Home to one of the oldest continuous settlements in New Jersey, Bergen Square in Jersey City is getting a mini makeover. The redesign will be funded with $425,000 in grants from the New Jersey Department of Transportation Transit. Though no longer an identifiable plaza, the area is considered to be the intersection of Bergen Avenue and Academy Street.
Several city employees representing the Divisions of Planning, Engineering, Traffic and Transportation briefed residents on a “Bergen Square Redesign” which, they said, would “strengthen the historic identity” of the site and “activate it into a vibrant public space.”
As part of the design process, the city incorporated feedback from about 150 residents who responded to an online survey about the project (whose boundaries were defined as Newkirk Street to the north, Tuers Avenue to the east, Vroom Street to the south, and Van Reipen Street to the west).
More greenery, historical preservation, transportation safety, and more public activities were among the most frequently mentioned preferences cited by those surveyed, according to Liz Opper, urban designer for the city Planning Division.
On May 19, at Old Bergen Church, just south of the Square at Highland and Bergen avenues, the city planners outlined several options for implementing residents’ suggestions.
To increase public awareness of the site’s historical significance, including the onetime presence of the Leni Lenape Native Americans, the planners proposed installing signage recalling the colonial stockade and farm that once stood in the Square.
To promote freer pedestrian passage and to slow down vehicular traffic, the planners talked about raising sidewalk levels at key intersections similar to the street humps at Sip and Summit avenues.
Noting that the bus stop on the west side of Bergen Avenue in front of the Provident Savings Bank off Academy Street is one of the most heavily used stops in the city, the planners proposed creating an island at that corner to ease commuter access.
Finally, to increase pedestrian safety and relieve congestion and exhaust from vehicles queuing to access indented parking spots on and around the Square, the planners proposed eliminating those parking cuts and changing related traffic patterns.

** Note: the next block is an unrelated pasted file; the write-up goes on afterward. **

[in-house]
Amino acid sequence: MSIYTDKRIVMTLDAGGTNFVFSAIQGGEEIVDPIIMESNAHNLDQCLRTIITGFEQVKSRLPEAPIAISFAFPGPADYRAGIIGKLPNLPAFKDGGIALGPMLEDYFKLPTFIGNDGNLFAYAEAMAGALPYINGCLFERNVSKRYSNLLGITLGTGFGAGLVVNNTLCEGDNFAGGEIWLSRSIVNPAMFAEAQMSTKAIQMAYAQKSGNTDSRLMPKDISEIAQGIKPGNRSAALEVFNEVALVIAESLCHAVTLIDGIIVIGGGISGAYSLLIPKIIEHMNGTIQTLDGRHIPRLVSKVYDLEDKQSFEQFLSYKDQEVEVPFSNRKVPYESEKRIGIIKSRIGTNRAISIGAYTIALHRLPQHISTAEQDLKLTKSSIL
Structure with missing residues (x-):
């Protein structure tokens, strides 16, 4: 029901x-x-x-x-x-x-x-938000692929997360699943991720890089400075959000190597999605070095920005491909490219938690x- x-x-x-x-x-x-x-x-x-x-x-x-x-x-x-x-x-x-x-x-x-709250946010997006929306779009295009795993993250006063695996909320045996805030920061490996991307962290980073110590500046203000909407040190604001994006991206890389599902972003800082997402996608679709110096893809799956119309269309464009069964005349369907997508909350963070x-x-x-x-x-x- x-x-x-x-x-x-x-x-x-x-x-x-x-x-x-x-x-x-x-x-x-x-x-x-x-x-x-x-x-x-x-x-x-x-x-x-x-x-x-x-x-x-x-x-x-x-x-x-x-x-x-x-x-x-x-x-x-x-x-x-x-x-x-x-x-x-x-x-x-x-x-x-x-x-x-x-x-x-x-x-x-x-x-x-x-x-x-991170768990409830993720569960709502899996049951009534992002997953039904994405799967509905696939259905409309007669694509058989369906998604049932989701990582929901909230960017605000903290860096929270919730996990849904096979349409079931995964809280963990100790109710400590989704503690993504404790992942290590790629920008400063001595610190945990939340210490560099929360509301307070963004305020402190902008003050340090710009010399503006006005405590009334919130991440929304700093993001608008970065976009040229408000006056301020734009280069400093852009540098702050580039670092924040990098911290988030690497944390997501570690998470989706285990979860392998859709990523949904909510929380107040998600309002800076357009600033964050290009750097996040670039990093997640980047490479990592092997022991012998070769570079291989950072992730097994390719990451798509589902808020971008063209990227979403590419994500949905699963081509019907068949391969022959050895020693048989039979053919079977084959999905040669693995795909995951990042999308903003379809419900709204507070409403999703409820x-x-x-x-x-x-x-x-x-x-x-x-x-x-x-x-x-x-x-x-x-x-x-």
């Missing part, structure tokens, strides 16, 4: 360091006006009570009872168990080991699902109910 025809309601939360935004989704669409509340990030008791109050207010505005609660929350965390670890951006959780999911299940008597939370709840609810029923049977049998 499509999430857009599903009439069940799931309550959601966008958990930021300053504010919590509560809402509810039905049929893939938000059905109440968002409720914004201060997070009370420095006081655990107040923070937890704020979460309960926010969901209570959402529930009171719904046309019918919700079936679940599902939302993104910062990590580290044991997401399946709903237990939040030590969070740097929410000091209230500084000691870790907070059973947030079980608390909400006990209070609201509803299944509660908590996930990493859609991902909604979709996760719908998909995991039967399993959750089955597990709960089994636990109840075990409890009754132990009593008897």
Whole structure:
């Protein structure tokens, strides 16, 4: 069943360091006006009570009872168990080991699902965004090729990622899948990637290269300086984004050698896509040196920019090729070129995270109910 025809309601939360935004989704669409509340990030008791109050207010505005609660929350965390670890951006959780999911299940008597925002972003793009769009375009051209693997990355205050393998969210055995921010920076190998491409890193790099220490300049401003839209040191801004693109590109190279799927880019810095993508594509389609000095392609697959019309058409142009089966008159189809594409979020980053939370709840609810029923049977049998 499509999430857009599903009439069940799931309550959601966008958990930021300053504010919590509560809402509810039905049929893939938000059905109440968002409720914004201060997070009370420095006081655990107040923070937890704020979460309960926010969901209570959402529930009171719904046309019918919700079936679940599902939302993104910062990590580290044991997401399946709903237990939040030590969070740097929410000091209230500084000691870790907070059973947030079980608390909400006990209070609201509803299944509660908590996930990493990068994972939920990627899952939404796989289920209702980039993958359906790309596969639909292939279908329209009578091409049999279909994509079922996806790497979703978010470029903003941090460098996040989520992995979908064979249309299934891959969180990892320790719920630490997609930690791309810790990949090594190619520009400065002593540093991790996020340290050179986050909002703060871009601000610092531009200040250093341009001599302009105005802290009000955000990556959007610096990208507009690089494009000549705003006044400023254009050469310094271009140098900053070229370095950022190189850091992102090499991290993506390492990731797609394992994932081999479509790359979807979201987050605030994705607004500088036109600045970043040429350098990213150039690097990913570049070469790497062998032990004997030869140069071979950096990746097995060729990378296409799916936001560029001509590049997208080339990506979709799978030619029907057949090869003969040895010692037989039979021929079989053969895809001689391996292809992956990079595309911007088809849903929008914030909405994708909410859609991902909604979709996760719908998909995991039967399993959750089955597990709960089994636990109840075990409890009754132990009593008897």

The existing two-way traffic along Academy would be rendered one way, they suggested. They also floated the idea of creating a Martin Luther King School drop-off zone on Academy.
Together, these changes, they said, would add 14 parking spots net to Bergen Square.
Once the final design is completed and the city contracts for the work, “we hope to get shovels in the ground this year,” said Barkha Patel, the city’s newly appointed director of the Department of Infrastructure.
Reactions from the meeting’s approximately 20 public spectators were generally positive.
Margaret Galvez said she hoped that open-air markets would be entertained as a public activity in the Square, among other possibilities.
Richard LaRovere, a local artist and illustrator, said, “Getting some more parking and creating a sort of pedestrian mall should enhance local businesses in the Square.”
Martin Pierce, president of the Jersey City Museum Association board, said the renovations should help “civilize a space that has drifted often into a relatively dirty and unkempt area” and “will complement the refurbishing of the Old Bergen Church cemetery.”
And James A. Dievler, author of “Bergen Square 360: Changing Perspectives on New Jersey’s Oldest Town Square,” said, “Our effort is to re-instill the idea of Bergen Square into the public consciousness because for many years it served as a central meeting place, a parade grounds, a location for public celebrations. Now again, it will be a place where people can come together.”